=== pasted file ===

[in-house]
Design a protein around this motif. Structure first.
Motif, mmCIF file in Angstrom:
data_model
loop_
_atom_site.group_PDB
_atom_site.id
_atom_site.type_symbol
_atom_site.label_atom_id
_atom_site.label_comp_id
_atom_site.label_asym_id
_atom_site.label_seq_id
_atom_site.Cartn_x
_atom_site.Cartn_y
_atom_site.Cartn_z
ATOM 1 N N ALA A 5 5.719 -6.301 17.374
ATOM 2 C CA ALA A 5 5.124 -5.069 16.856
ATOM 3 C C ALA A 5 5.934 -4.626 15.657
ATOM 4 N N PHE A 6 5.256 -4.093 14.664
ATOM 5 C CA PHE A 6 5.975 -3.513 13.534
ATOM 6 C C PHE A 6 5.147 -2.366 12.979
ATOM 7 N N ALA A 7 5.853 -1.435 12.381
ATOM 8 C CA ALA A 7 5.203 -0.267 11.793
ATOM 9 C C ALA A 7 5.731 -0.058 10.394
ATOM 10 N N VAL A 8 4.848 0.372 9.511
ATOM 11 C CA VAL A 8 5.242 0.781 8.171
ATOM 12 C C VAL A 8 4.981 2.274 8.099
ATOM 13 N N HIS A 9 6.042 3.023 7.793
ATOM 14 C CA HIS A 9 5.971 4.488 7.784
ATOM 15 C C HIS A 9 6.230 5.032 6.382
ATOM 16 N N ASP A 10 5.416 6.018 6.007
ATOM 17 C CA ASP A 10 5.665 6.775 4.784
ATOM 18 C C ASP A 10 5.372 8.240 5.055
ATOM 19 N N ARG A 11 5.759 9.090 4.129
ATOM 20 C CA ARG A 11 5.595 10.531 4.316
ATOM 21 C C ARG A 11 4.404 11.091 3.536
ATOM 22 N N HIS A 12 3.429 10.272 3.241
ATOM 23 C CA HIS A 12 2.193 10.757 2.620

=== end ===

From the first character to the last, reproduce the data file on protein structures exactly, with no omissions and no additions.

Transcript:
[in-house]
Design a protein around this motif. Structure first.
Motif, mmCIF file in Angstrom:
data_model
loop_
_atom_site.group_PDB
_atom_site.id
_atom_site.type_symbol
_atom_site.label_atom_id
_atom_site.label_comp_id
_atom_site.label_asym_id
_atom_site.label_seq_id
_atom_site.Cartn_x
_atom_site.Cartn_y
_atom_site.Cartn_z
ATOM 1 N N ALA A 5 5.719 -6.301 17.374
ATOM 2 C CA ALA A 5 5.124 -5.069 16.856
ATOM 3 C C ALA A 5 5.934 -4.626 15.657
ATOM 4 N N PHE A 6 5.256 -4.093 14.664
ATOM 5 C CA PHE A 6 5.975 -3.513 13.534
ATOM 6 C C PHE A 6 5.147 -2.366 12.979
ATOM 7 N N ALA A 7 5.853 -1.435 12.381
ATOM 8 C CA ALA A 7 5.203 -0.267 11.793
ATOM 9 C C ALA A 7 5.731 -0.058 10.394
ATOM 10 N N VAL A 8 4.848 0.372 9.511
ATOM 11 C CA VAL A 8 5.242 0.781 8.171
ATOM 12 C C VAL A 8 4.981 2.274 8.099
ATOM 13 N N HIS A 9 6.042 3.023 7.793
ATOM 14 C CA HIS A 9 5.971 4.488 7.784
ATOM 15 C C HIS A 9 6.230 5.032 6.382
ATOM 16 N N ASP A 10 5.416 6.018 6.007
ATOM 17 C CA ASP A 10 5.665 6.775 4.784
ATOM 18 C C ASP A 10 5.372 8.240 5.055
ATOM 19 N N ARG A 11 5.759 9.090 4.129
ATOM 20 C CA ARG A 11 5.595 10.531 4.316
ATOM 21 C C ARG A 11 4.404 11.091 3.536
ATOM 22 N N HIS A 12 3.429 10.272 3.241
ATOM 23 C CA HIS A 12 2.193 10.757 2.620